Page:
OUTLOOK ’10: Base oil volumes remain uncertain, recovery elusive

04 January 2010 18:30  [Source: ICIS news]

Uncertainty looms in US base oilsHOUSTON (ICIS news)--A recovery in the US base oils market could be years away, while near-term volume forecasts remain uncertain.

Market recovery all comes down to the rate at which demand picks up. Most players are predicting a gradual 10% increase over 2009 but have little certainty this will hold.

“We are telling our suppliers we will need 10% more in volumes for 2010 now, but this could very well change at the end of the first quarter when we get a better idea how our downstream demand will pan out,” a major buyer of Group I, II, III and naphthenic base stocks said.

A supplier said that even a 10% increase in demand will not push the US base oil market to 2007 volume levels. In fact, a true recovery could still be a few years away.

The downturn in global lubricant demand that began in 2007 will be over in 2012 when consumption returns to around 39.2m tonnes, a consultant with Kline Group said.

“Our view is that this is going to be a five-year recovery,” said Bill Downey, vice president for energy at the international consultancy.

The trough will represent a cumulative 17% reduction in lubricants demand during the five-year period, he said.

US base oil production in the first half of 2009 sank to its lowest level since 1983, according to the US Energy Information Administration (EIA).

Paraffinic base oil refiners produced 21.2m bbl of base oils from January to June, compared with 28.2m bbl during the same period in 2008. Players said the 25% decline was a result of Marathon and Citgo leaving the base oil business as well as weak demand.

“Prices reacted to the market by flat lining in 2009,” a supplier said. “Sellers seemed to be more concerned about maintaining market share than improving margins.”

Five major industry-wide paraffinic base oil price changes took place in 2009, with the last one in July bringing ExxonMobil’s posted price for brightstock to $3.02/gal FOB (free on board) US Gulf, according to data from global chemical market intelligence service ICIS pricing.

In 2008, players took in double that in price changes, pencilling in at least 10 adjustments before 2009 began.

Players did not see much in the way of a demand upturn at the end of the second quarter. There were stronger signs at the end of the third quarter, but the overall picture remained erratic in the fourth quarter.

The biggest demand shift came in August. In the all-important automobile-related product chains that are so vital to the health of the market, there were signs of restocking which temporarily helped prop up demand.

Signs worldwide that industrial activity was increasing slowly led to better demand for high viscosity base stocks. However, concerns remain about the sustainability of industrial output.

Meanwhile, an improved economy and the “Cash for Clunkers” programme in the US led to a demand surge for the heavy viscosity base oils from the downstream process oil sector beginning in August.

Gross domestic product expanded at a 3.5% seasonally adjusted annual rate in the quarter ended in September, a rise that leaned heavily on government spending. Some of the largest components of growth came from spending on cars and house building - two areas propped up by federal programmes.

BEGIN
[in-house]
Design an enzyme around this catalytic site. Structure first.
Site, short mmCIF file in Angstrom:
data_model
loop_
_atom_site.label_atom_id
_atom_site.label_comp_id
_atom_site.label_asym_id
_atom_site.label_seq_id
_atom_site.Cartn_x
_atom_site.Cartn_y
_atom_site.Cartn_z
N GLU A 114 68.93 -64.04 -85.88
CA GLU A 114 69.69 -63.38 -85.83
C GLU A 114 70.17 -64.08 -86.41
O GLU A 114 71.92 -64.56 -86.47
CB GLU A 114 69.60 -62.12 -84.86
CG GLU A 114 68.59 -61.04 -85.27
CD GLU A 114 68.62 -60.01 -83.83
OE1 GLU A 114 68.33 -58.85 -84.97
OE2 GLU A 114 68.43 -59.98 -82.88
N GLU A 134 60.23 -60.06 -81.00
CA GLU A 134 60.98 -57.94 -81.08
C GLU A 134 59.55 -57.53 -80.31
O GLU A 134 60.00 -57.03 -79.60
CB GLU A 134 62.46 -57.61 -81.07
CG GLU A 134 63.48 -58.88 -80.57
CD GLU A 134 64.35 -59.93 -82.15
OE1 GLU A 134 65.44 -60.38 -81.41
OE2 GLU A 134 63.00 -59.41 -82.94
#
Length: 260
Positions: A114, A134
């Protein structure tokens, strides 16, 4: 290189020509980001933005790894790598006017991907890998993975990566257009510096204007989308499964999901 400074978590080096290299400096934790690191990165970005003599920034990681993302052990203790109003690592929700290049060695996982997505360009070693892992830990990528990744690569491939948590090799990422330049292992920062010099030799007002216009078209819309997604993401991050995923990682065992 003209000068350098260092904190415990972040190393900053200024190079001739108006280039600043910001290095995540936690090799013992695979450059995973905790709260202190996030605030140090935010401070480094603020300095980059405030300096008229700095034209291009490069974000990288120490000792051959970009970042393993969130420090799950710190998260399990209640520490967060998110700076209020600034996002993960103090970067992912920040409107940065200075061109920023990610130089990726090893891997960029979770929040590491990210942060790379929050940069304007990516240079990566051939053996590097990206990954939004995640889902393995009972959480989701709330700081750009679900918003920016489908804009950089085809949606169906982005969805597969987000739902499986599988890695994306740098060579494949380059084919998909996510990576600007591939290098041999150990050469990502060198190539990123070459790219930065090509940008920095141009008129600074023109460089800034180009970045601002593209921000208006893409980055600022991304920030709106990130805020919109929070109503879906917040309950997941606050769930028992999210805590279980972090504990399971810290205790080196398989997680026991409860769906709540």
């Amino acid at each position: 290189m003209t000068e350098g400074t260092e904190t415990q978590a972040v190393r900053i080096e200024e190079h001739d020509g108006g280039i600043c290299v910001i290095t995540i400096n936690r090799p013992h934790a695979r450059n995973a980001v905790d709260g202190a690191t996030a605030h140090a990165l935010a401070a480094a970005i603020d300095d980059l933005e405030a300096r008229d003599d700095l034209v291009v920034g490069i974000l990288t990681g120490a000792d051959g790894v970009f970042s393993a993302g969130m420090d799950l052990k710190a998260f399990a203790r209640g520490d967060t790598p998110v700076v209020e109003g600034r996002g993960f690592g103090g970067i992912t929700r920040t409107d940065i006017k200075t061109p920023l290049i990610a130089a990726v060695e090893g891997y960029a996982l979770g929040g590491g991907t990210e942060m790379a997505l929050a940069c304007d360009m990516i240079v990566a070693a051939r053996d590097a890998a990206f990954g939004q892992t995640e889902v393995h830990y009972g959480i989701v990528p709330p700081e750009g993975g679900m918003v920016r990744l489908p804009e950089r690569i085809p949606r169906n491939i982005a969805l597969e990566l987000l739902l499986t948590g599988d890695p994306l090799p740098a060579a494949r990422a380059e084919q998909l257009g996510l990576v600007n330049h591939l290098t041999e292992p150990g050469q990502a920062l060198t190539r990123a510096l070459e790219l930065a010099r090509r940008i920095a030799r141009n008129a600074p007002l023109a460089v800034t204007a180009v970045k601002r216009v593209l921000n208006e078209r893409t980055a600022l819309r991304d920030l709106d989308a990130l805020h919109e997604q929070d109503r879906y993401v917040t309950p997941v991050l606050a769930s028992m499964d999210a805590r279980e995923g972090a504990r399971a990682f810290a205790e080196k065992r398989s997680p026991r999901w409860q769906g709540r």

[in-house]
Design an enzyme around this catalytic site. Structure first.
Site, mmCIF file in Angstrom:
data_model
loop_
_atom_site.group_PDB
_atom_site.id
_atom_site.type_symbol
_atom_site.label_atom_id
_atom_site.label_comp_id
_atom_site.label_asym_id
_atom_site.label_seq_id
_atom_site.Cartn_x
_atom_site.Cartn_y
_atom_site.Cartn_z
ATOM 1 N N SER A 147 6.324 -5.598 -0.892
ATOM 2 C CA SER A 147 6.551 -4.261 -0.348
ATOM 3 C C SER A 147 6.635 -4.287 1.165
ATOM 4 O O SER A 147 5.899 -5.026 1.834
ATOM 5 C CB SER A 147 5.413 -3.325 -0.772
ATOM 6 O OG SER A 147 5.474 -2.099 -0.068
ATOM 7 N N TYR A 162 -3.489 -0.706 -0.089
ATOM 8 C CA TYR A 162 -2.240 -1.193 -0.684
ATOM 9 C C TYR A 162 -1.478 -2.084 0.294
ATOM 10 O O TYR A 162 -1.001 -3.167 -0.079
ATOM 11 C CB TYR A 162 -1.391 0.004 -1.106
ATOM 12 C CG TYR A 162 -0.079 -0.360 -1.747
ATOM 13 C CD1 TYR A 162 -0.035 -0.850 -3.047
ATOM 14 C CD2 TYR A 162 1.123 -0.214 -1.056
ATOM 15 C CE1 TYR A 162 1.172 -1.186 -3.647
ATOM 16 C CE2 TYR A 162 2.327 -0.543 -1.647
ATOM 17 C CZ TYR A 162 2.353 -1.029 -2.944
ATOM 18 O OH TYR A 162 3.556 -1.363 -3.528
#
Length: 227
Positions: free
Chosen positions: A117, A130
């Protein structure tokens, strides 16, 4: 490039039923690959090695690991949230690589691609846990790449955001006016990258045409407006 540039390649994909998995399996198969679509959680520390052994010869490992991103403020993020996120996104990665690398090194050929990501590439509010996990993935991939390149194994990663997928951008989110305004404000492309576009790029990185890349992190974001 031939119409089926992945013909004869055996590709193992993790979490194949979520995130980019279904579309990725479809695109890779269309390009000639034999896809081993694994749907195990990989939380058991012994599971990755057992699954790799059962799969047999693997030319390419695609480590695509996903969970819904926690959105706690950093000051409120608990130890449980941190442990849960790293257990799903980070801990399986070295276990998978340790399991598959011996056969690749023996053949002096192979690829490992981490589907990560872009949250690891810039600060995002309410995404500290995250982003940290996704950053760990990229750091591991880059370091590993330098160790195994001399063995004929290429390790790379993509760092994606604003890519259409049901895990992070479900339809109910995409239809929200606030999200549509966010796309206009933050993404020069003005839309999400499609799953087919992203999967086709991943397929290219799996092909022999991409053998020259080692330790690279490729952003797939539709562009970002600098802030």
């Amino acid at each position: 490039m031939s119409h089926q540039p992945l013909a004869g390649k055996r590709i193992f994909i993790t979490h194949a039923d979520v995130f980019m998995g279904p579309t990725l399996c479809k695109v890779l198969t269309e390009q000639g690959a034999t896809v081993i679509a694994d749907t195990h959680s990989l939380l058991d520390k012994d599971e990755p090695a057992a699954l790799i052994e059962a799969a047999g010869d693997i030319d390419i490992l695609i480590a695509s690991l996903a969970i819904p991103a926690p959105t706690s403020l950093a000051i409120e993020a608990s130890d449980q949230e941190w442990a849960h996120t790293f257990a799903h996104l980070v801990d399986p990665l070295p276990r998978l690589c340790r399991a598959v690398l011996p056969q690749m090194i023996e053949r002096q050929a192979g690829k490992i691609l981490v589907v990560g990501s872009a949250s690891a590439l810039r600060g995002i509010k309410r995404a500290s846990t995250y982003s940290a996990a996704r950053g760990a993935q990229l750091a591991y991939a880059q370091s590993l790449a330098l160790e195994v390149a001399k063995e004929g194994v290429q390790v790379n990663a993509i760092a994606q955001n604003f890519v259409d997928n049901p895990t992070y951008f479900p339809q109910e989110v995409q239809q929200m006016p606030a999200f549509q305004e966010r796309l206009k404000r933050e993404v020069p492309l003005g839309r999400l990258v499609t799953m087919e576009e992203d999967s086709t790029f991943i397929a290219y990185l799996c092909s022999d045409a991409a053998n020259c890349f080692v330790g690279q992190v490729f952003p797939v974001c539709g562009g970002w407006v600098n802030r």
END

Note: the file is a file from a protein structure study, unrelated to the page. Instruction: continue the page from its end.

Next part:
Downey said that GDP is not a strong predictor of lubricants demand in the developed world in particular, because those economies have significant service and government components that do not consume much in the way of lubricants.

The four economic areas that industry participants should be watching most closely are the industrial/manufacturing sector, agriculture and construction, imports and exports and the number of miles being driven, he said.

Kline's analysis sees the US economy headed into a recovery, but one that will lag the rest of the world as a whole and Brazil in particular, Downey said.

But even with demand at improved levels compared with the first part of 2009, production remains reduced and is not likely to increase soon, a producer said, adding that several plants would begin turnarounds during first quarter 2010.

Most Group I plants ran below capacity due to limited availability of feedstock vacuum gas oil (VGO) in 2009. Weak fuels demand - in particular distillates – means there is less VGO available for the base oil side of the business.

Meanwhile, talk of another Group I base oil plant shutdown is looming, several players say. The base oils industry has steadily moved to higher quality and more competitive group II/III refineries.

But despite growing concerns over the future of Group I base oils capacity, some plants in North America will remain open due to a need to maintain production of certain grades and by-products, said Terry Hoffman, director of base and process oils sales for Valero. He made his comments at a recent conference.

While technical demand for motor oils is increasingly requiring higher specification oils such as Group II+ and Group III, Hoffman stressed that industrial lubricants, which do not require these higher specifications, still account for 50% of demand.

Meanwhile, Group I plants also have the advantage of having the ability to produce heavier grades such as brightstock and by-product wax.

However, Hoffman added that while these factors would continue to promote demand for Group I production, base oil plant closures are often based on wider refinery economics.

As the market moves into 2010, the industry can only hold their breath, ever mindful that while demand may be growing, the supply balance remains fragile to say the least.

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By: Heather McGuire Doyle
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